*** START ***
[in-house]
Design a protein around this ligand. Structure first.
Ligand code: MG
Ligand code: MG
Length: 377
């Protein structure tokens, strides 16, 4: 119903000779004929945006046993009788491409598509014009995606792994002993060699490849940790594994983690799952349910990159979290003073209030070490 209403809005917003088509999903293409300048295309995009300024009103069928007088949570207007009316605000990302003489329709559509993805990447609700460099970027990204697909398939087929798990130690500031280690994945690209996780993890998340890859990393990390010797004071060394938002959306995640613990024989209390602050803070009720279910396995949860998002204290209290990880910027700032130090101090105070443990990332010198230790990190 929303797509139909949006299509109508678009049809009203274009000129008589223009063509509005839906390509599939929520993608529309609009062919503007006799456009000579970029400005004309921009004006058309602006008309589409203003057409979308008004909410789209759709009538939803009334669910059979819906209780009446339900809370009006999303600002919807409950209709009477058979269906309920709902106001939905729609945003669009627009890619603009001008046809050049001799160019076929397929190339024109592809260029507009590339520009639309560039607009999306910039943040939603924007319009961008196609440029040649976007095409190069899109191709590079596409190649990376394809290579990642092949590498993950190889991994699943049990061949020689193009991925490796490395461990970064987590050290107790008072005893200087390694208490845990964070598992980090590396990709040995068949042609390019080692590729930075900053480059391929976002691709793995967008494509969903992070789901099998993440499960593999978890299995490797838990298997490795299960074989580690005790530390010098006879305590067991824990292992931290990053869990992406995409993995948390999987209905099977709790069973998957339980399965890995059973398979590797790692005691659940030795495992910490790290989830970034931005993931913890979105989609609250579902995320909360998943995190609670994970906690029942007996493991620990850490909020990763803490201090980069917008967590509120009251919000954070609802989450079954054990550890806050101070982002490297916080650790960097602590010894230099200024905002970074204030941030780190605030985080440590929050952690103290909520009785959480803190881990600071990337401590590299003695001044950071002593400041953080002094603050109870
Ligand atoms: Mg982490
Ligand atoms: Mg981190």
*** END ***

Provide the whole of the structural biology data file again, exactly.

[in-house]
Design a protein around this ligand. Structure first.
Ligand code: MG
Ligand code: MG
Length: 377
């Protein structure tokens, strides 16, 4: 119903000779004929945006046993009788491409598509014009995606792994002993060699490849940790594994983690799952349910990159979290003073209030070490 209403809005917003088509999903293409300048295309995009300024009103069928007088949570207007009316605000990302003489329709559509993805990447609700460099970027990204697909398939087929798990130690500031280690994945690209996780993890998340890859990393990390010797004071060394938002959306995640613990024989209390602050803070009720279910396995949860998002204290209290990880910027700032130090101090105070443990990332010198230790990190 929303797509139909949006299509109508678009049809009203274009000129008589223009063509509005839906390509599939929520993608529309609009062919503007006799456009000579970029400005004309921009004006058309602006008309589409203003057409979308008004909410789209759709009538939803009334669910059979819906209780009446339900809370009006999303600002919807409950209709009477058979269906309920709902106001939905729609945003669009627009890619603009001008046809050049001799160019076929397929190339024109592809260029507009590339520009639309560039607009999306910039943040939603924007319009961008196609440029040649976007095409190069899109191709590079596409190649990376394809290579990642092949590498993950190889991994699943049990061949020689193009991925490796490395461990970064987590050290107790008072005893200087390694208490845990964070598992980090590396990709040995068949042609390019080692590729930075900053480059391929976002691709793995967008494509969903992070789901099998993440499960593999978890299995490797838990298997490795299960074989580690005790530390010098006879305590067991824990292992931290990053869990992406995409993995948390999987209905099977709790069973998957339980399965890995059973398979590797790692005691659940030795495992910490790290989830970034931005993931913890979105989609609250579902995320909360998943995190609670994970906690029942007996493991620990850490909020990763803490201090980069917008967590509120009251919000954070609802989450079954054990550890806050101070982002490297916080650790960097602590010894230099200024905002970074204030941030780190605030985080440590929050952690103290909520009785959480803190881990600071990337401590590299003695001044950071002593400041953080002094603050109870
Ligand atoms: Mg982490
Ligand atoms: Mg981190």